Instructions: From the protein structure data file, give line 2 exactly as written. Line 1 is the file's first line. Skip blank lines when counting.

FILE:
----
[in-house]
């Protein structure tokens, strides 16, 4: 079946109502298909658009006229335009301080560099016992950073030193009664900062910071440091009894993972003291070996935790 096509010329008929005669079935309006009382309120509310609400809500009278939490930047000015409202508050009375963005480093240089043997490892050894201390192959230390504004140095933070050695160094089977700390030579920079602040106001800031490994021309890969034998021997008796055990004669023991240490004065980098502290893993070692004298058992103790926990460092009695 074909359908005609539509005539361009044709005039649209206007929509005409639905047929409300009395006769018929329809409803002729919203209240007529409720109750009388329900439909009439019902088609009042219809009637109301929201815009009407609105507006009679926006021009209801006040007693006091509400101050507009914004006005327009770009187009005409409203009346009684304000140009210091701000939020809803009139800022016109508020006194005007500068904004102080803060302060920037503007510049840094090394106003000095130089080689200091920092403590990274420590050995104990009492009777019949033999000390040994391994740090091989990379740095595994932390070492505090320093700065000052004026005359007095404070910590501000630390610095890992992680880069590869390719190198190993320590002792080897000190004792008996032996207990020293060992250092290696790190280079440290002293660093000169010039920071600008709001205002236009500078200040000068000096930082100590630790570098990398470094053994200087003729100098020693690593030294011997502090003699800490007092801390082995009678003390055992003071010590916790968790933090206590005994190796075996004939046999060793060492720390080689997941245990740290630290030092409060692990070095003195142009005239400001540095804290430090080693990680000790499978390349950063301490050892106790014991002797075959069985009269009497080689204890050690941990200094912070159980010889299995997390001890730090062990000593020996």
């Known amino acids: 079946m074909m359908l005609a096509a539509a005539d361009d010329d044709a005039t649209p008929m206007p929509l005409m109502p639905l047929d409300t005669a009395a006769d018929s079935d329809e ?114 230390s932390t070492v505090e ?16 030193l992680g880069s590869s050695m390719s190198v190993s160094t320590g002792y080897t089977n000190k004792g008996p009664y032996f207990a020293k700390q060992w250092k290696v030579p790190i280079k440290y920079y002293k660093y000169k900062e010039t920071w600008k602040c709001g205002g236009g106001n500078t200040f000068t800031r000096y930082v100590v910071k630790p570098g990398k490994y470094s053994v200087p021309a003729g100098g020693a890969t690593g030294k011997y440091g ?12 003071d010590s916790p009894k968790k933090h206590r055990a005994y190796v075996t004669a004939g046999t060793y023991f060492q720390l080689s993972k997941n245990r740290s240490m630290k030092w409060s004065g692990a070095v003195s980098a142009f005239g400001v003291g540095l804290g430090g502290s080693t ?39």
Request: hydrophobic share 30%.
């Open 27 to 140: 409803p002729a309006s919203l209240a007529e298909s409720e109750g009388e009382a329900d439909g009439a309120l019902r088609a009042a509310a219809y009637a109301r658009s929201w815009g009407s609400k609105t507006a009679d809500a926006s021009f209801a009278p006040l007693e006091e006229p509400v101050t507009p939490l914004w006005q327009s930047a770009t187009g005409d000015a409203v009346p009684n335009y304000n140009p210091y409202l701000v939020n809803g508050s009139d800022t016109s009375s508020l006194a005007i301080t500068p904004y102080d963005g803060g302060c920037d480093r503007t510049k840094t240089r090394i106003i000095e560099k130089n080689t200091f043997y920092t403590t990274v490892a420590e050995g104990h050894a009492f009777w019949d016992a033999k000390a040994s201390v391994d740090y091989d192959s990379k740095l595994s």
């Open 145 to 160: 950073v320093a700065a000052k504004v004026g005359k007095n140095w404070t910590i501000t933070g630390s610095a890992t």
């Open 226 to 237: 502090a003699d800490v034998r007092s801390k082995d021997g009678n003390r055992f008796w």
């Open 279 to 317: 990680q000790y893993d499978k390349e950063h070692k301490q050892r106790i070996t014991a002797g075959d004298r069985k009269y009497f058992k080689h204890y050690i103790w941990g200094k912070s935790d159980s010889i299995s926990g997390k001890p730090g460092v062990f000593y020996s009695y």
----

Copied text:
């Protein structure tokens, strides 16, 4: 079946109502298909658009006229335009301080560099016992950073030193009664900062910071440091009894993972003291070996935790 096509010329008929005669079935309006009382309120509310609400809500009278939490930047000015409202508050009375963005480093240089043997490892050894201390192959230390504004140095933070050695160094089977700390030579920079602040106001800031490994021309890969034998021997008796055990004669023991240490004065980098502290893993070692004298058992103790926990460092009695 074909359908005609539509005539361009044709005039649209206007929509005409639905047929409300009395006769018929329809409803002729919203209240007529409720109750009388329900439909009439019902088609009042219809009637109301929201815009009407609105507006009679926006021009209801006040007693006091509400101050507009914004006005327009770009187009005409409203009346009684304000140009210091701000939020809803009139800022016109508020006194005007500068904004102080803060302060920037503007510049840094090394106003000095130089080689200091920092403590990274420590050995104990009492009777019949033999000390040994391994740090091989990379740095595994932390070492505090320093700065000052004026005359007095404070910590501000630390610095890992992680880069590869390719190198190993320590002792080897000190004792008996032996207990020293060992250092290696790190280079440290002293660093000169010039920071600008709001205002236009500078200040000068000096930082100590630790570098990398470094053994200087003729100098020693690593030294011997502090003699800490007092801390082995009678003390055992003071010590916790968790933090206590005994190796075996004939046999060793060492720390080689997941245990740290630290030092409060692990070095003195142009005239400001540095804290430090080693990680000790499978390349950063301490050892106790014991002797075959069985009269009497080689204890050690941990200094912070159980010889299995997390001890730090062990000593020996």